What are hydrofluorocarbons (HFCs) ?

Hydrofluorocarbons (HFCs) are compounds containing carbon, hydrogen, and fluorine. Certain chemicals within this class of compounds are viewed by industry and the scientific community as acceptable alternatives to chlorofluorocarbons and hydrochlorofluorocarbons on a long-term basis. Because the HFCs contain no chlorine they do not directly affect stratospheric ozone. Furthermore, mechanisms for ozone destruction involving fragments produced as HFCs are decomposed within the atmosphere (CF3 radicals) have been shown to be insignificant.

Like HCFCs, the HFCs contain hydrogen that is susceptible to attack by the hydroxyl radical. Oxidation of HFCs by the hydroxyl radical is believed to be the major destruction pathway for HFCs in the atmosphere. Atmospheric lifetimes of the most commonly used HFCs (HFC-134a and HFC-152a) are limited to <12 yrs because of this reaction.

Although it is believed HFCs will not deplete ozone within the stratosphere, this class of compounds has other adverse environmental effects (see the Chlorofluorocarbon Alternatives Measurement Project info)-for example, these gases are efficient absorbers of infrared radiation. Concern over these effects may make it necessary to regulate production and use of these compounds at some point in the future. Such restrictions have been proposed in the Kyoto Protocol.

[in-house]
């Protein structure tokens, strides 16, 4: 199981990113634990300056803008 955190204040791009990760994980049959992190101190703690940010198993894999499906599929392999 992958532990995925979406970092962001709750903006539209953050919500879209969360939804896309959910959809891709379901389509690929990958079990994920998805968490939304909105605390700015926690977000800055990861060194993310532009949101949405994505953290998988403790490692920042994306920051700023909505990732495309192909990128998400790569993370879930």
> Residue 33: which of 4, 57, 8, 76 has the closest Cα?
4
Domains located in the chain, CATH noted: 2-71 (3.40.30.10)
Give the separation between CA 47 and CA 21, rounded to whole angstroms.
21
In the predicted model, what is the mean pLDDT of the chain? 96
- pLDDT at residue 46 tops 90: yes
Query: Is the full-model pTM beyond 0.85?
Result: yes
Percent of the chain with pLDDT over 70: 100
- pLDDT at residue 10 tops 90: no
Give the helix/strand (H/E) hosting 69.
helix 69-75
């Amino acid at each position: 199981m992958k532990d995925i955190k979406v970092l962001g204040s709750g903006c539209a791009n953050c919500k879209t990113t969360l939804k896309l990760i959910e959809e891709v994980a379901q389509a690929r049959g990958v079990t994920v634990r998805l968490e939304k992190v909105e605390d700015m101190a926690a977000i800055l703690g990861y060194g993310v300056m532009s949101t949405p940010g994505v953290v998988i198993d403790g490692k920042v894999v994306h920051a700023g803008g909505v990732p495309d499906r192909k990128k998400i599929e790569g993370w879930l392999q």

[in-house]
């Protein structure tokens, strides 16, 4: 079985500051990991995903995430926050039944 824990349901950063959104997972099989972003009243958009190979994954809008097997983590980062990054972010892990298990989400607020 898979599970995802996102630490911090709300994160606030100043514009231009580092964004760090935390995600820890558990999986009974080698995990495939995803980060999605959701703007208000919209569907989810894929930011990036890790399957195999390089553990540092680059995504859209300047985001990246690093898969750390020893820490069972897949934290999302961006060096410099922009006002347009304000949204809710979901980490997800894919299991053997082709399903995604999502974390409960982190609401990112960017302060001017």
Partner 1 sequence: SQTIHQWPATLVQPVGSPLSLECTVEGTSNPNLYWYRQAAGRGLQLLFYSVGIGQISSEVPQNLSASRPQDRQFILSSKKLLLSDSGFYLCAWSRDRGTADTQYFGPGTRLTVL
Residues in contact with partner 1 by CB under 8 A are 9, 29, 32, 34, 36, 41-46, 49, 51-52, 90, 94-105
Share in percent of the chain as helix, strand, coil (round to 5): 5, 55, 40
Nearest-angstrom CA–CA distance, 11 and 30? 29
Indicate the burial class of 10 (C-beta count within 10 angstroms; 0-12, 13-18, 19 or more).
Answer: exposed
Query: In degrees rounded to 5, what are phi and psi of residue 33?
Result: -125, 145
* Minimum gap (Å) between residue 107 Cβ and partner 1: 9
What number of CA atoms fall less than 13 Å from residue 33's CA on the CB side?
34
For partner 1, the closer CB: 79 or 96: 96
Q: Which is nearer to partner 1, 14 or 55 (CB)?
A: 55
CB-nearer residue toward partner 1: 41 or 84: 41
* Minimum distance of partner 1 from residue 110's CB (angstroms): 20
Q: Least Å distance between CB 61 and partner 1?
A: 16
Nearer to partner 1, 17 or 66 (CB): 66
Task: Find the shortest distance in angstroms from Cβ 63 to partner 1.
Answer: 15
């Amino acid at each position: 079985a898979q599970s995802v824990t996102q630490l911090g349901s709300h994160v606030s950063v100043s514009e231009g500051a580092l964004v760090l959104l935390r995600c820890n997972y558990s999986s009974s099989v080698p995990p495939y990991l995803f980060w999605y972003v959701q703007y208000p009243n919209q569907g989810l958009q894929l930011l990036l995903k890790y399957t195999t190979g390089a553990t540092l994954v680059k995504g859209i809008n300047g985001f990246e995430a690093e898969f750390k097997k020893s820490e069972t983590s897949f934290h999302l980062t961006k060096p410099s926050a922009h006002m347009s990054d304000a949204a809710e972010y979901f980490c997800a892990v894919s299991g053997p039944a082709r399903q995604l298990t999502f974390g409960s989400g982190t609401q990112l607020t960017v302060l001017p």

Figure 1. Observed Atmospheric Changes for Substitute Halocarbons from the NOAA/GML Flask Sampling Network.

How have atmospheric concentrations of HFCs changed over time?

Regular, careful measurements of air from remote locations show that global concentrations of HFCs have increased rapidly over time (Figure 1). This increase can be attributed to enhanced use of HFCs as substitutes for CFCs, HCFCs, and other chemicals as solvent/cleaning agents, refrigerants, foam-blowing agents, air conditioning fluids, etc., beginning in the late 1980s and early 1990s. Measurements of air stored in containers that were originally filled as early as 1977 and measurements of even older air trapped in snow above Antarctica or Greenland have allowed scientists at NOAA, CSIRO (Australia), and the University of East Anglia (UK) to reconstruct how concentrations of these gases have changed in the atmosphere over the past 100 years. The picture that emerges is one in which HFCs did not exist in the atmosphere until they were manufactured by industry. Once their use was encouraged to aid in accelerating the phase out of CFCs and HCFCs, HFC concentrations increased rapidly from zero to the amounts observed today.

For more information, please contact:
Dr. Stephen A. Montzka; phone: (303)-497-6657.